A modern neuro-intensive ward for stroke victims was thrown open at the hospital recently
Critically underweight newborns sharing a single incubator, defective ventilators, blood pressure and cardio monitors and malfunctioning bright blue fluorescent lights, known as bili lights, used to treat infants with jaundice! Such upsetting images are common whenever one walks into a neonatal intensive care unit at government hospitals.
Making a clean break from such dreary conditions, the recently started neonatal intensive care unit at Gandhi Hospital, developed at a cost of Rs. 1 crore, provides a contrasting picture. The gleaming surface and ceiling are stain-free and smell of fresh disinfectant. The environs are squeaky clean and belie the general perception of government hospitals.
The tidy nursing station has a huge LCD monitor to beam live images of newborns on ventilators in the ICU. Images are also directly transmitted to the respective department heads who monitor the condition of the babies remotely.
Except for the duty nurse and the doctor, just like corporate hospitals, nobody else, including the mother, is allowed inside. Fresh diapers are changed every two hours. Above all, there are no malfunctioning ventilators, bili lights, oxygen hood, respirator and central lines that carry medical gases vital to save critical just born babies.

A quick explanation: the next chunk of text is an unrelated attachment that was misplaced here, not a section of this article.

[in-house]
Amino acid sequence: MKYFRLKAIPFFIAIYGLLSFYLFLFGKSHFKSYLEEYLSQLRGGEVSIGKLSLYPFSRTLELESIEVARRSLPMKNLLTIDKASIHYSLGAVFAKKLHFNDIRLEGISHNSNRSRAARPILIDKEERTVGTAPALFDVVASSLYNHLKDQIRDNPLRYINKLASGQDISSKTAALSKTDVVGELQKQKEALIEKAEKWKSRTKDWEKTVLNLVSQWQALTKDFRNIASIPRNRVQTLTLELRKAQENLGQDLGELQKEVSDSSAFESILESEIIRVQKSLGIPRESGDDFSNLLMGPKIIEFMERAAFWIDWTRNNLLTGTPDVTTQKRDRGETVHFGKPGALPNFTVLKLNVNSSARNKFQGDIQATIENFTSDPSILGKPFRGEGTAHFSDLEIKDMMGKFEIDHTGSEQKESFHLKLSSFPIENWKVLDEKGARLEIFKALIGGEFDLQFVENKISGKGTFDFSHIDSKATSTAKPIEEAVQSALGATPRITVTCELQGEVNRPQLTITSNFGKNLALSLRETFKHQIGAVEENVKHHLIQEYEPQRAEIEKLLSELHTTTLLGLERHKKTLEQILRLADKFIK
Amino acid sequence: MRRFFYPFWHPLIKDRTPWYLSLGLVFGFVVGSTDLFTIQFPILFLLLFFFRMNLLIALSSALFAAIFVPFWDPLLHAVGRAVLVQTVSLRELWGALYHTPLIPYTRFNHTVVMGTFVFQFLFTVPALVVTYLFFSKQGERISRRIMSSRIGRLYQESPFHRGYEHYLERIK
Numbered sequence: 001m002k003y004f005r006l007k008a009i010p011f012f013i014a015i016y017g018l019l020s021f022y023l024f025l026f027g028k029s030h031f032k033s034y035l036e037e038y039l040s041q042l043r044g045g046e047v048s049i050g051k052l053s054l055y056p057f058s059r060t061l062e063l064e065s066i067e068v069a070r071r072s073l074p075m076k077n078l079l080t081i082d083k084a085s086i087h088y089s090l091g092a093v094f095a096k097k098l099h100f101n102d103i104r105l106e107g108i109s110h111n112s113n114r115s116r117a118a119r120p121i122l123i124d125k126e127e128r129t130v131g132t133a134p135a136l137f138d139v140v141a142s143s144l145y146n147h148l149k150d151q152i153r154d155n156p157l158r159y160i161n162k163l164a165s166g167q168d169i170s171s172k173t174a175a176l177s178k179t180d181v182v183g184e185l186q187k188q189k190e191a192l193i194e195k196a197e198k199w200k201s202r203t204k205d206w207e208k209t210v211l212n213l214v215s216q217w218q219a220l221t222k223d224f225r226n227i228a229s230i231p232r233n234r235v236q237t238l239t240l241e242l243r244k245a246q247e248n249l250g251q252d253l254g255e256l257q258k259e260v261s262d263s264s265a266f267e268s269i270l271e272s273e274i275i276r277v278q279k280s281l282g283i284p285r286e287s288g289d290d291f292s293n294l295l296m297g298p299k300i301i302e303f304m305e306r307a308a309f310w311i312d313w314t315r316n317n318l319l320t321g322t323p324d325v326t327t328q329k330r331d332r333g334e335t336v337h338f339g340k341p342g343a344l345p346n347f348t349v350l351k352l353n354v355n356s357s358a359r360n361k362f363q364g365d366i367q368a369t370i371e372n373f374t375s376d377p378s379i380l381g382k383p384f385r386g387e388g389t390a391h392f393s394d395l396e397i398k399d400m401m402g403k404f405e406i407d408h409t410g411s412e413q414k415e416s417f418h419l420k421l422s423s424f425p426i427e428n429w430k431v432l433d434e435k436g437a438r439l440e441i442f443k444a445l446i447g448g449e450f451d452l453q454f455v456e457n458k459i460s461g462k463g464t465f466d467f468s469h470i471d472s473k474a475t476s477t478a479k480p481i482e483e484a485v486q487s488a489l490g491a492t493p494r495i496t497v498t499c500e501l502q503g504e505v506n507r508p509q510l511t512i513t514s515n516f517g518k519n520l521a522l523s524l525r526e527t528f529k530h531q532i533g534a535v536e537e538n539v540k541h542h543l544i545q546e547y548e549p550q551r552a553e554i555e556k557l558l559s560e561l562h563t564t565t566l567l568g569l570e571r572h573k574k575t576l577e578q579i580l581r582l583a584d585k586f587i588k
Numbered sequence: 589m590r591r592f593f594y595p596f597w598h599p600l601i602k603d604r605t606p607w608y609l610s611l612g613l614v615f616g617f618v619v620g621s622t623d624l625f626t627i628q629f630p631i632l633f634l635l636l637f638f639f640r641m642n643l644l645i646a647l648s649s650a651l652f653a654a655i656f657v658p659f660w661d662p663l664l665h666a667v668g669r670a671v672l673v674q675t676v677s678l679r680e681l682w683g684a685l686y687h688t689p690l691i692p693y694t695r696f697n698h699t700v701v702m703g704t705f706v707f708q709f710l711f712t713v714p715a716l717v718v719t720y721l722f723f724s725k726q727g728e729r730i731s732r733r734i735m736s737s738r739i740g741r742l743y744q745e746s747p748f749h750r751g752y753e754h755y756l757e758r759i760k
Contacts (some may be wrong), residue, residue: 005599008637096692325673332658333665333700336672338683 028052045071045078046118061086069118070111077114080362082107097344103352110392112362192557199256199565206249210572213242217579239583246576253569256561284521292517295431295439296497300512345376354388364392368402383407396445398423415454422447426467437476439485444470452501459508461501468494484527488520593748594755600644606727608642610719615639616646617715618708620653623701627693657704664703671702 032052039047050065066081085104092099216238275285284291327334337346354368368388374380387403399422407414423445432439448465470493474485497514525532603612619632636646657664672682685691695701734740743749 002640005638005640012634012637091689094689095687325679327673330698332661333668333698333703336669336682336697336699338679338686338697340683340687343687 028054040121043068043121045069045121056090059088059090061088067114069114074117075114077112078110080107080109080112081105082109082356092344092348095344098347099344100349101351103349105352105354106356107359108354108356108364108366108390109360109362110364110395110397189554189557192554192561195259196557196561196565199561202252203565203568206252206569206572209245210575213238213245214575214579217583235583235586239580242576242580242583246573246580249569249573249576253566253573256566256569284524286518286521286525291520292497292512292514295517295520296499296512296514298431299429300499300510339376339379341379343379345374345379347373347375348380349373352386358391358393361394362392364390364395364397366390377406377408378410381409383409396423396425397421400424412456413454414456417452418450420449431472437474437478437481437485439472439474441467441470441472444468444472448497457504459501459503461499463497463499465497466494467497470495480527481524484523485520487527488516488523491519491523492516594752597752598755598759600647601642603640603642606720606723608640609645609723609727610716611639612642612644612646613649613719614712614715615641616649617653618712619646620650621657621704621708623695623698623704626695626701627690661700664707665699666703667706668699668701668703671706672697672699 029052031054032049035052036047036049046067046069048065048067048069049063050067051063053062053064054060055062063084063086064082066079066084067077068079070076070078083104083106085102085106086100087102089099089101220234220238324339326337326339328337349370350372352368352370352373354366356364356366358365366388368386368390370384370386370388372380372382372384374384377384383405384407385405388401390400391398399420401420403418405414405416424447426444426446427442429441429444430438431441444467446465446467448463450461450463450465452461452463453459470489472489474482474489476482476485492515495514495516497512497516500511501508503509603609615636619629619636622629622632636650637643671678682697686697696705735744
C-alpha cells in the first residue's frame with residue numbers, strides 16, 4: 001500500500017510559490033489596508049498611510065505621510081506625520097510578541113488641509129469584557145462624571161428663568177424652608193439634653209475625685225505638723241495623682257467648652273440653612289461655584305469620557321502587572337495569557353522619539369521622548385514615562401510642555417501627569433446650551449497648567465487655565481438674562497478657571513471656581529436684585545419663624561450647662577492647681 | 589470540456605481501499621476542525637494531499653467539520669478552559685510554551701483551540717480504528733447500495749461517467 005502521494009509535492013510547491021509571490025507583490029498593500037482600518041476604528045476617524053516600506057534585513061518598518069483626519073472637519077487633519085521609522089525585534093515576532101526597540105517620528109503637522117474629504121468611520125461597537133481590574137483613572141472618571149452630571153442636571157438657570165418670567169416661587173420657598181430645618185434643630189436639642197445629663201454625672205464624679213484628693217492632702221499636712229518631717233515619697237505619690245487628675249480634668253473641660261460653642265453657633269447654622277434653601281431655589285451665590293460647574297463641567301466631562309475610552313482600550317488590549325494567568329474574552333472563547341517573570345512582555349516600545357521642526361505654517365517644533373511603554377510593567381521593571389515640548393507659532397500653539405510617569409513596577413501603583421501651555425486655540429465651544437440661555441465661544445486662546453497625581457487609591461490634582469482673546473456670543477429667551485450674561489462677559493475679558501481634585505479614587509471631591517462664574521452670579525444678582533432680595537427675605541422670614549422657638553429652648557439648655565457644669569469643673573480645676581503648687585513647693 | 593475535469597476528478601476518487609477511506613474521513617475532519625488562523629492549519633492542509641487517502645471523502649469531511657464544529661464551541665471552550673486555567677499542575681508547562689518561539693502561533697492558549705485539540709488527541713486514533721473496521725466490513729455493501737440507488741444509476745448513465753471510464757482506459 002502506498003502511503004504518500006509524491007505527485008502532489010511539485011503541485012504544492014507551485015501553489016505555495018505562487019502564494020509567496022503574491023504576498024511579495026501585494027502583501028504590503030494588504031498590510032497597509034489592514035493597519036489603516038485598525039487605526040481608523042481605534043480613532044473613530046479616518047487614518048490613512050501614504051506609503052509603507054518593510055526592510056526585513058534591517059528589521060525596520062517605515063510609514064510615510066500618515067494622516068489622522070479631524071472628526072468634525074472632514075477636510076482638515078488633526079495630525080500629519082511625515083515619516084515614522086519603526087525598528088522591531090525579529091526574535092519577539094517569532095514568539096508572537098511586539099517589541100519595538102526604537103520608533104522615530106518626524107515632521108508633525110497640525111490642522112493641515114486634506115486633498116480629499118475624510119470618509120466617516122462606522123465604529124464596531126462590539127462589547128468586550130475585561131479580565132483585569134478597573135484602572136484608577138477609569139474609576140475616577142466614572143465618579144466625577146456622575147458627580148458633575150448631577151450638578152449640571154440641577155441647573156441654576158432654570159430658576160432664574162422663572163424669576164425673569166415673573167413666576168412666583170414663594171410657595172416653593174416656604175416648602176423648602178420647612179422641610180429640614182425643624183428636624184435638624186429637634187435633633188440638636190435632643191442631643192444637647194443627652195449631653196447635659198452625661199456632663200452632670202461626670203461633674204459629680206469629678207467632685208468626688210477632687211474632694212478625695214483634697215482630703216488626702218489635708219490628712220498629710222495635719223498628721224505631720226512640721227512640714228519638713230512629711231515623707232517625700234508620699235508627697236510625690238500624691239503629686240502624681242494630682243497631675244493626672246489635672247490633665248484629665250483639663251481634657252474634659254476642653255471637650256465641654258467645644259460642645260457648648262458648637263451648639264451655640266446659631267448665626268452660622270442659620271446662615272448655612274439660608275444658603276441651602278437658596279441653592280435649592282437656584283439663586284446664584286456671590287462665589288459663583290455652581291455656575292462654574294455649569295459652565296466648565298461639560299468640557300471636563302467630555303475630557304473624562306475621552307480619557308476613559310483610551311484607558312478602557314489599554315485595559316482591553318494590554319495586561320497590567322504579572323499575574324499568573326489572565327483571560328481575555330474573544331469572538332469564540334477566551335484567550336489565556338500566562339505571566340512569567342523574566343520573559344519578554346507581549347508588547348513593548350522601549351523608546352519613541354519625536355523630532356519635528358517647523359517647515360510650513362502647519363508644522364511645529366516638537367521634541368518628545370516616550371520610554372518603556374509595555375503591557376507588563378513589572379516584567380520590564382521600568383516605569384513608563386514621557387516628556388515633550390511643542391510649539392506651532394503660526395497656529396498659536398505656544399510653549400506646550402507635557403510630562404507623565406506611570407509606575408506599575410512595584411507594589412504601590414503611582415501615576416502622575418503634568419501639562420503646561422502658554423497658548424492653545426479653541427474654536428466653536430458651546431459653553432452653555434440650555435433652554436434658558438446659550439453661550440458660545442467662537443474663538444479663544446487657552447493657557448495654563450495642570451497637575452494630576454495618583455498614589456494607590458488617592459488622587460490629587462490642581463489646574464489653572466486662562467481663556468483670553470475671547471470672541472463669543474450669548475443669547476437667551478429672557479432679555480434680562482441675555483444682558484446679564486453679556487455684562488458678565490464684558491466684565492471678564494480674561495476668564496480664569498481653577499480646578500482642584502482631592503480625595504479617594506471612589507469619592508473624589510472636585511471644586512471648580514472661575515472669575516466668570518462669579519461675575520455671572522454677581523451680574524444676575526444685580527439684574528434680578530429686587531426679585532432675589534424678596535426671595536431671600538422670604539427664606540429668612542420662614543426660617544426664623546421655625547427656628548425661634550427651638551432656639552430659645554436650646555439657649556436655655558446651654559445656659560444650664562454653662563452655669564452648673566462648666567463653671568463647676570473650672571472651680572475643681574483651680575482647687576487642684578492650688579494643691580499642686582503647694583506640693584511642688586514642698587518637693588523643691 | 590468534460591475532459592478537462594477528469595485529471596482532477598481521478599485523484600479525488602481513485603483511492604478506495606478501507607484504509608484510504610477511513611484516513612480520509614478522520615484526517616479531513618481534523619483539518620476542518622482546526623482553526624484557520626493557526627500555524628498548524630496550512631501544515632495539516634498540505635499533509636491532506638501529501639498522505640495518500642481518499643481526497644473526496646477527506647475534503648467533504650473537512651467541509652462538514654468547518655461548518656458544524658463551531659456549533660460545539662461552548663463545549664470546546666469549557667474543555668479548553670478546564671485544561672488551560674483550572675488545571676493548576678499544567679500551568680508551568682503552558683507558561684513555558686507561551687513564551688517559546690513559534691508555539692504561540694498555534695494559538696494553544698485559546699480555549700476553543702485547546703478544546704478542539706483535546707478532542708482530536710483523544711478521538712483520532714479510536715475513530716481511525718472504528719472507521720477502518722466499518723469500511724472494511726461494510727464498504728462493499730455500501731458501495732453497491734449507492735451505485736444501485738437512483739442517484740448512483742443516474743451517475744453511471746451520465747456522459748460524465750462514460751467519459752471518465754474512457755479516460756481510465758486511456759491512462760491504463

“It’s not like we don’t have any problems. But, along with problems, there has been a definite improvement in infrastructure in several wings of the hospital. The challenge for us is to make patients, relatives and workers here respect the infrastructure. It’s very easy to spoil machines and litter on the floors because it is a government hospital,” says Dr. S. Mahaboob, Superintendent, Gandhi Hospital.
There are similar scenes at the casualty, which is literally the face of the hospital. The grimy floors and ceiling have been replaced. The emergency wing now has a shiny false ceiling fitted with special lights necessary for casualty. In place of rusty beds, the hospital has acquired hi-tech beds.
A first-of-its-kind neuro-intensive ward with cubicles, blood pressure and cardio monitors and beds for stroke victims was thrown open recently. “These works have been undertaken using funds approved by the hospital development society. The hospital continues to face challenges, but there have been improvements too,” Dr. Mahaboob points out.